Gretley Colliery 1996

14/11/1996 - Gretley Colliery - Inrush

On 14 November 1996 employees of The Newcastle Wallsend Coal Company Pty Limited, awere engaged in work on the night shift at the company's mine, the Gretley Colliery. Four men of a team of eight were in the process of developing a roadway (known as C heading) in an area of the mine called 50/51 panel, operating a continuous mining machine. The remaining four members of the team were in a crib room a little distance away.

Suddenly, with tremendous force, water rushed into the heading from a hole in the face made by the continuous miner. That machine, weighing between 35 and 50 tonnes, was swept some 17.5 metres back down the heading where it jammed against the sides. The four men were engulfed by the water, swept away and drowned. The remaining team members survived the disaster by reason of being in the crib room, which itself was flooded.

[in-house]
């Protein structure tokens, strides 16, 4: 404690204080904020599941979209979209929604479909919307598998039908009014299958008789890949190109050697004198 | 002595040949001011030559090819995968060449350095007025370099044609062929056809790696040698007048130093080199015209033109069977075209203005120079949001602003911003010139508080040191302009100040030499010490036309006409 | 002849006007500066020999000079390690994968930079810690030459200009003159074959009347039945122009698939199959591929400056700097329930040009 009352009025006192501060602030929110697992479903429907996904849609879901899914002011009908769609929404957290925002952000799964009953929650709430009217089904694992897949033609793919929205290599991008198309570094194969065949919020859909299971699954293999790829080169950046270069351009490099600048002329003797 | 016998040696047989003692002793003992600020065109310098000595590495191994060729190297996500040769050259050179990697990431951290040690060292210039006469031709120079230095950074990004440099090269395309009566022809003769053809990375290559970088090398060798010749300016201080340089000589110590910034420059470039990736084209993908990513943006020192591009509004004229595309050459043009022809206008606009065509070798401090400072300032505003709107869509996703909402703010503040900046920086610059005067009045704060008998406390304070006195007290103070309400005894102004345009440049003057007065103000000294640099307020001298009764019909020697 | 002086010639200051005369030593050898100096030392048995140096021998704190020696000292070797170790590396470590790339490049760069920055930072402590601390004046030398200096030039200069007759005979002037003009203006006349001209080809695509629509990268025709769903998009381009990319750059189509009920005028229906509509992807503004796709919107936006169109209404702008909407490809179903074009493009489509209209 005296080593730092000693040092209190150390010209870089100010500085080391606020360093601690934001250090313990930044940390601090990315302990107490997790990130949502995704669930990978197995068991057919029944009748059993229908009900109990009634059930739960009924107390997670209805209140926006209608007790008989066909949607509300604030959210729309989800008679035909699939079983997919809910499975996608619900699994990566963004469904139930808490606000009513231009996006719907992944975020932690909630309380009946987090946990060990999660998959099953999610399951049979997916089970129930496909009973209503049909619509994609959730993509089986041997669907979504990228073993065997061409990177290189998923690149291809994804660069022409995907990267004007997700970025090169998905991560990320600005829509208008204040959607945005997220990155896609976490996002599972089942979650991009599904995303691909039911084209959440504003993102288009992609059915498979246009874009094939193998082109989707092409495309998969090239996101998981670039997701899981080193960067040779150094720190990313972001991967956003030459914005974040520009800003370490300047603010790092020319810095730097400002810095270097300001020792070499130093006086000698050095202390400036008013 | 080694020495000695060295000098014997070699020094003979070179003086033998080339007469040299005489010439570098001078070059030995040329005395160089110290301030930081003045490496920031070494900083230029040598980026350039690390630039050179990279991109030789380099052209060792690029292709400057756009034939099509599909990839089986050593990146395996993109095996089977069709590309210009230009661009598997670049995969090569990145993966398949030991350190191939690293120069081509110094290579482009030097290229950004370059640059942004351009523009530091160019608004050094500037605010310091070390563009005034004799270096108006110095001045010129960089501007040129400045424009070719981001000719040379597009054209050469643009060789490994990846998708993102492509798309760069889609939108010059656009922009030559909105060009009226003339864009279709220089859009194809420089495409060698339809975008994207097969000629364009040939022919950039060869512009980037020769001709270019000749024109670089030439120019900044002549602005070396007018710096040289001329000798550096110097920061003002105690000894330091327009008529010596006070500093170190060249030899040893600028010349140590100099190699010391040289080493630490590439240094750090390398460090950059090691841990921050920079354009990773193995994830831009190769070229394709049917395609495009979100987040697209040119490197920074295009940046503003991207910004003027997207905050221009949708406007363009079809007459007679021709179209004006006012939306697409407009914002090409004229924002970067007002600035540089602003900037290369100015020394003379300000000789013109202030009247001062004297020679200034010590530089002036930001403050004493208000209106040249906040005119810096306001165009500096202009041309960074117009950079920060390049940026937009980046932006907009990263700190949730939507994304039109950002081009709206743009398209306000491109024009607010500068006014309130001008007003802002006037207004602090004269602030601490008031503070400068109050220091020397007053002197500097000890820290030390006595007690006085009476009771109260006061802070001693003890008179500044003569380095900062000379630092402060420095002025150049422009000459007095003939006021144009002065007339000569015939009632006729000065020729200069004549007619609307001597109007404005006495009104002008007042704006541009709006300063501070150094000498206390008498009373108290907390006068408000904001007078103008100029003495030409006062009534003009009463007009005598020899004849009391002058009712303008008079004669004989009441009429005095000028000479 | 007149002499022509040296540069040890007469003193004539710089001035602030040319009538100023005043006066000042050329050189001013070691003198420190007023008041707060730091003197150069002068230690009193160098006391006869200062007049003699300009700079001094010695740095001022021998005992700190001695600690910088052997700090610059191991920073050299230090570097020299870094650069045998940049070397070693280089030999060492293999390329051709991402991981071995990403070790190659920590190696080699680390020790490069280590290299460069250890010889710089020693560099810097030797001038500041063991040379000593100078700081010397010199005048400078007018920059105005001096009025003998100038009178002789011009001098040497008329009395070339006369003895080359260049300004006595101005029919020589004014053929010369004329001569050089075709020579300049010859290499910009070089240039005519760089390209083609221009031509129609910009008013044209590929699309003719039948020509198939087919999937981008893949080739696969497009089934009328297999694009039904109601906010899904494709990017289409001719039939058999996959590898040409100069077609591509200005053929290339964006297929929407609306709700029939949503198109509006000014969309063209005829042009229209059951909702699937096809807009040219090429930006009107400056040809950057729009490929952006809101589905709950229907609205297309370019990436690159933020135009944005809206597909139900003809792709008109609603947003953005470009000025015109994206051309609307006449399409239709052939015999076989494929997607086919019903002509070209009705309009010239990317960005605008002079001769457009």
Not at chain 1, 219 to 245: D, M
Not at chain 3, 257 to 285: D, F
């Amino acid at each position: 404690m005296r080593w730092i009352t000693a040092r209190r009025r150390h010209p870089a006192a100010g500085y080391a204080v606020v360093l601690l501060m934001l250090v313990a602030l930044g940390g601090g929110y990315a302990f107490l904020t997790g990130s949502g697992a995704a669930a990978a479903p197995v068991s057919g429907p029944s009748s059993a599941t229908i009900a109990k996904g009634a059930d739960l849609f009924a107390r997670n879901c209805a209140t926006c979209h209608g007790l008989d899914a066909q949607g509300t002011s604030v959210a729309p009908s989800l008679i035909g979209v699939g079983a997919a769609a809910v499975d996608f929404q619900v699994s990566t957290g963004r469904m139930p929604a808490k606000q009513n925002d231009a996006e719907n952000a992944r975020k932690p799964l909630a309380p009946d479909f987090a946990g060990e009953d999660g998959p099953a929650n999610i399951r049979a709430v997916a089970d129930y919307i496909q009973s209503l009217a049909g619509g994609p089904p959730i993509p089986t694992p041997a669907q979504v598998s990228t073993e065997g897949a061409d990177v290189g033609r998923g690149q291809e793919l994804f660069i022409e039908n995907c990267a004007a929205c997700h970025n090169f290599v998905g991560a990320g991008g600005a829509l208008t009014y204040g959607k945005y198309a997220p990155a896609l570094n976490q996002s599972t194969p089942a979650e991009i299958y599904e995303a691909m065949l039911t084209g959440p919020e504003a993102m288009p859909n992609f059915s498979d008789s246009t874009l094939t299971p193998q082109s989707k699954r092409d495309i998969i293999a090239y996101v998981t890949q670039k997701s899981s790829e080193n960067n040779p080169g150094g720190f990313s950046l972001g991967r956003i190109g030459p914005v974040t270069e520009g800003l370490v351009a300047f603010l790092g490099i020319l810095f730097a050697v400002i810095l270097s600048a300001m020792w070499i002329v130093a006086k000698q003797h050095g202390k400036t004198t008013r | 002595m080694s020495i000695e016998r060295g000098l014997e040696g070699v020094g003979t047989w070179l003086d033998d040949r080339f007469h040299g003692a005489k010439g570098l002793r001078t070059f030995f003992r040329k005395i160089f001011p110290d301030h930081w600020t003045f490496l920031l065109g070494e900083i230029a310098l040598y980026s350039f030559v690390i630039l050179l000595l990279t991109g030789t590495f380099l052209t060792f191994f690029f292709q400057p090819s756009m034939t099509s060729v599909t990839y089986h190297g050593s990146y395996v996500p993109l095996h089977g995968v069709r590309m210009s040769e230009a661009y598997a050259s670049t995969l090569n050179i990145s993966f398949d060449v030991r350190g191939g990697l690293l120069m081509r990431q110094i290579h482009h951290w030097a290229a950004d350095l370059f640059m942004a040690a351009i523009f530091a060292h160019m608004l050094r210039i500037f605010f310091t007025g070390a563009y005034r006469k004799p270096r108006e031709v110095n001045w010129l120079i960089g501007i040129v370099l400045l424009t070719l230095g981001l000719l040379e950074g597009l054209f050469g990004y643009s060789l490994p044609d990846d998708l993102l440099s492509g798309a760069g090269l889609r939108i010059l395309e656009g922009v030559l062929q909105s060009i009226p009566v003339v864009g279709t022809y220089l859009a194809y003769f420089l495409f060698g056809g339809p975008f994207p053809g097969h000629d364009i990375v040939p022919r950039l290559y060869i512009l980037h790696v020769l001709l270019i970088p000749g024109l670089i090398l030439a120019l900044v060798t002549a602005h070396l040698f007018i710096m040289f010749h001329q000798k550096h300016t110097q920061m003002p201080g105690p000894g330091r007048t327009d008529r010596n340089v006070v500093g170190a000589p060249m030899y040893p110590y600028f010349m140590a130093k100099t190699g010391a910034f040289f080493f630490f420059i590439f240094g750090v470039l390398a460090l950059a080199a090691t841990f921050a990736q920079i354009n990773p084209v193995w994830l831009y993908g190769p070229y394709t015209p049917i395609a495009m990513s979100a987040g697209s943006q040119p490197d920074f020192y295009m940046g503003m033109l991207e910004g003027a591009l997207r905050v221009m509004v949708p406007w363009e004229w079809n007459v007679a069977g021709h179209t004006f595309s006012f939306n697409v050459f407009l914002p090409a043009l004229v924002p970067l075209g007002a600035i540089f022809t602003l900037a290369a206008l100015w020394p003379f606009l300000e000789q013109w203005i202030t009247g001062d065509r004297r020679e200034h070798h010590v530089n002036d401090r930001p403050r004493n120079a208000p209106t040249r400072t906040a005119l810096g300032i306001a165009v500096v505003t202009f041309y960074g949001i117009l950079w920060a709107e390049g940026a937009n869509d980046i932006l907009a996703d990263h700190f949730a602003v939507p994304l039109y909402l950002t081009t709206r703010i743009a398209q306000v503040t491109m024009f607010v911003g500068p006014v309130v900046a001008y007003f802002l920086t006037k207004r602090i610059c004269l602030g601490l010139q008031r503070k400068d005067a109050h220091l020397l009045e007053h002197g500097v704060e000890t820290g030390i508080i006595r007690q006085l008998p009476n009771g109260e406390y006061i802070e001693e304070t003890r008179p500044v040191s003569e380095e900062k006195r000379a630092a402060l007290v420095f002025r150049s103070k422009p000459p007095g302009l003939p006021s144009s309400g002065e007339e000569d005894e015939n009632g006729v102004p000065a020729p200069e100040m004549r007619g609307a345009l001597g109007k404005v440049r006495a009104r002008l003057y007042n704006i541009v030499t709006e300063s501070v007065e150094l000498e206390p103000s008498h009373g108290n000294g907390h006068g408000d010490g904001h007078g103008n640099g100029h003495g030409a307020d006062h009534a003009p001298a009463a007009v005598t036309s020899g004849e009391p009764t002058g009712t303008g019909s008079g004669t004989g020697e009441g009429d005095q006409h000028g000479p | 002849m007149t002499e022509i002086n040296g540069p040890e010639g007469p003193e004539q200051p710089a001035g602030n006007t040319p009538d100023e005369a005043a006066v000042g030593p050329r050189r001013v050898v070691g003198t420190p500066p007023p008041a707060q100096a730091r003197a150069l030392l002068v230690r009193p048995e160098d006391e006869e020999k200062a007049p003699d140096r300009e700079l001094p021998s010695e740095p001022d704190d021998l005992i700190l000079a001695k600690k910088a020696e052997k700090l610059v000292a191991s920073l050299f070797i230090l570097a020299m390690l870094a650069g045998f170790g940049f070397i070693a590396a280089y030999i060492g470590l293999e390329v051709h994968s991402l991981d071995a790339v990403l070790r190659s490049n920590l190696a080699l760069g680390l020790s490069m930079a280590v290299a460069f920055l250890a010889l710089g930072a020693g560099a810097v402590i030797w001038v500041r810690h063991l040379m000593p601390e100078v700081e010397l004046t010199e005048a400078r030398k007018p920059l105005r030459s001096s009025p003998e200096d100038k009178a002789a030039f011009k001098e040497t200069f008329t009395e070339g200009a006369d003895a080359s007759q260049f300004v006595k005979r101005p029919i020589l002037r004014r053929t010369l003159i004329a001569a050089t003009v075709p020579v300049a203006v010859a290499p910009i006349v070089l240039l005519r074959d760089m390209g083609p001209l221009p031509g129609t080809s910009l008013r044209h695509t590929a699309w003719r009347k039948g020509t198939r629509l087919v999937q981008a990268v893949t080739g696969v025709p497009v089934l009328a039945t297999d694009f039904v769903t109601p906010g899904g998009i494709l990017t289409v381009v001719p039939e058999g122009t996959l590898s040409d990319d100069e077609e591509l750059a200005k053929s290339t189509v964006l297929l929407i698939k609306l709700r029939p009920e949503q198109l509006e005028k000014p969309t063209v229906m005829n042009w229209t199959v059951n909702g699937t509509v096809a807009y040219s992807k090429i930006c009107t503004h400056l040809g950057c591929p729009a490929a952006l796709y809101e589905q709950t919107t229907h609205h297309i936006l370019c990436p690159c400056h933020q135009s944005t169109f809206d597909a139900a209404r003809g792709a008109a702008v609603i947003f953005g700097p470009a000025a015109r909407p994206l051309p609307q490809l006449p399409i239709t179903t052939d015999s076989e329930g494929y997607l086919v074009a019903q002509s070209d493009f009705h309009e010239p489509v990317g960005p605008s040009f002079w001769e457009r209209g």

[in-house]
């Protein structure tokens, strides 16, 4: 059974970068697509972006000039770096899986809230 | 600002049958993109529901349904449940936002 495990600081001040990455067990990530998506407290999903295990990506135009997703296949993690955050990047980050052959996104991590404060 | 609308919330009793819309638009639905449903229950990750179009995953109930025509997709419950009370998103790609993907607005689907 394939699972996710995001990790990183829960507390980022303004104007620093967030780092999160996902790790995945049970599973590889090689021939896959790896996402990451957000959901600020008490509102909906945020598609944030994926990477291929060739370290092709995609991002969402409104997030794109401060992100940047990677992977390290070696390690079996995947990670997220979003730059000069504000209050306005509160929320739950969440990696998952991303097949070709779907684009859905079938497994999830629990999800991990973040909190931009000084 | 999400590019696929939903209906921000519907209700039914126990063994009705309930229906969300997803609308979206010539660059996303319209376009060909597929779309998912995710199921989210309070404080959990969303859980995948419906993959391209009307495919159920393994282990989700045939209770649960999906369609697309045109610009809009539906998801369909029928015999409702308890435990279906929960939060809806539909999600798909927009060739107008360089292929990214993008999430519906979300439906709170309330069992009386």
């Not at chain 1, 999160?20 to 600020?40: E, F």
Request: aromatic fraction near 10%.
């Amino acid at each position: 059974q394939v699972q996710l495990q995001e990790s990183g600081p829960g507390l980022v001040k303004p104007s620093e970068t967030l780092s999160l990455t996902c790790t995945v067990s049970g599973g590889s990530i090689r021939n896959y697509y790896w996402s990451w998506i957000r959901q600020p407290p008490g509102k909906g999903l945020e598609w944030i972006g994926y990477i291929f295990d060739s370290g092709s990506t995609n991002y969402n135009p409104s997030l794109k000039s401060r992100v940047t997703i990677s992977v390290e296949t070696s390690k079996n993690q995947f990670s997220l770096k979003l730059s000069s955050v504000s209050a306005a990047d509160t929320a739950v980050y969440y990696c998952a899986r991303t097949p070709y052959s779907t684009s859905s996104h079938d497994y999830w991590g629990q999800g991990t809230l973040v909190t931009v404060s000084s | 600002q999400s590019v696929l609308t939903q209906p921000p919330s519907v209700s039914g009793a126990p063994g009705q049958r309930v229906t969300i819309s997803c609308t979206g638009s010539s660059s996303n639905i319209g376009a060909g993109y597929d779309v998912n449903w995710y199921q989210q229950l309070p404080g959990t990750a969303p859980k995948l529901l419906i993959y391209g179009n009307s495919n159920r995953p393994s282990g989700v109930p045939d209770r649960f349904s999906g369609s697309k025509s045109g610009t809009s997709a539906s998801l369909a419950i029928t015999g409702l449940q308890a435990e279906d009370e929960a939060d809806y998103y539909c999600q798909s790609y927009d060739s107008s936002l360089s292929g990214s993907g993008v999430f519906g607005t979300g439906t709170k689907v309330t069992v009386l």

The water came from the long-abandoned old workings of the Young Wallsend Colliery. The workings of the old mine were full of water. Moreover, the water extended to the surface by means of the mine shafts, thereby providing what is known as a head of water. This head of water had the effect of significantly increasing the water pressure.

This accident claimed the lives of 4 people, these were: Damon Murray, Edward Samuel Batterham, John Michael Hunter, Mark Kenneth Kaiser


  • Research on Plans
  • Storage of Records
  • Prevention of Inrush
  • Mining approvals process
  • Colliery Abandonment Plan
  • Investigations
  • Prosecutions
  • Consideration of Prosecution